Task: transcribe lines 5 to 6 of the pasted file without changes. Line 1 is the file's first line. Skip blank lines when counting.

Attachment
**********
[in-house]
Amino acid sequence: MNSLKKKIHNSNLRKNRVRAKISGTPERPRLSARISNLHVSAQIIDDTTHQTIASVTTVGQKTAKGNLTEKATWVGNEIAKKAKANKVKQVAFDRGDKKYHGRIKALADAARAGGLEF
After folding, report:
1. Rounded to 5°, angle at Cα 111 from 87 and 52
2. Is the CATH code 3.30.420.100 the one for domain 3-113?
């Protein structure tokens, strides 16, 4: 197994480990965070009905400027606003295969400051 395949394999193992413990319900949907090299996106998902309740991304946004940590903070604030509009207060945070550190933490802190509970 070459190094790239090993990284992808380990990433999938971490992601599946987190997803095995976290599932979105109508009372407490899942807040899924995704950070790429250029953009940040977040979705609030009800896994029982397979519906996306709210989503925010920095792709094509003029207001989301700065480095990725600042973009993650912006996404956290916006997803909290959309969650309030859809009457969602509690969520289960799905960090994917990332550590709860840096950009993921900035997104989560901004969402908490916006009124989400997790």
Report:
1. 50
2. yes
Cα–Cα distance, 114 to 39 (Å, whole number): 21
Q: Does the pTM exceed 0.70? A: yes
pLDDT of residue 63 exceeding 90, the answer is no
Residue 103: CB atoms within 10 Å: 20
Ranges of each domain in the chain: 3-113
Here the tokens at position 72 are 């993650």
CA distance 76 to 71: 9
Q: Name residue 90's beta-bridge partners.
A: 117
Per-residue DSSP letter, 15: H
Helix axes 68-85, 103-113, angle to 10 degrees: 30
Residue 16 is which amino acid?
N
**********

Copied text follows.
2. Is the CATH code 3.30.420.100 the one for domain 3-113?
């Protein structure tokens, strides 16, 4: 197994480990965070009905400027606003295969400051 395949394999193992413990319900949907090299996106998902309740991304946004940590903070604030509009207060945070550190933490802190509970 070459190094790239090993990284992808380990990433999938971490992601599946987190997803095995976290599932979105109508009372407490899942807040899924995704950070790429250029953009940040977040979705609030009800896994029982397979519906996306709210989503925010920095792709094509003029207001989301700065480095990725600042973009993650912006996404956290916006997803909290959309969650309030859809009457969602509690969520289960799905960090994917990332550590709860840096950009993921900035997104989560901004969402908490916006009124989400997790």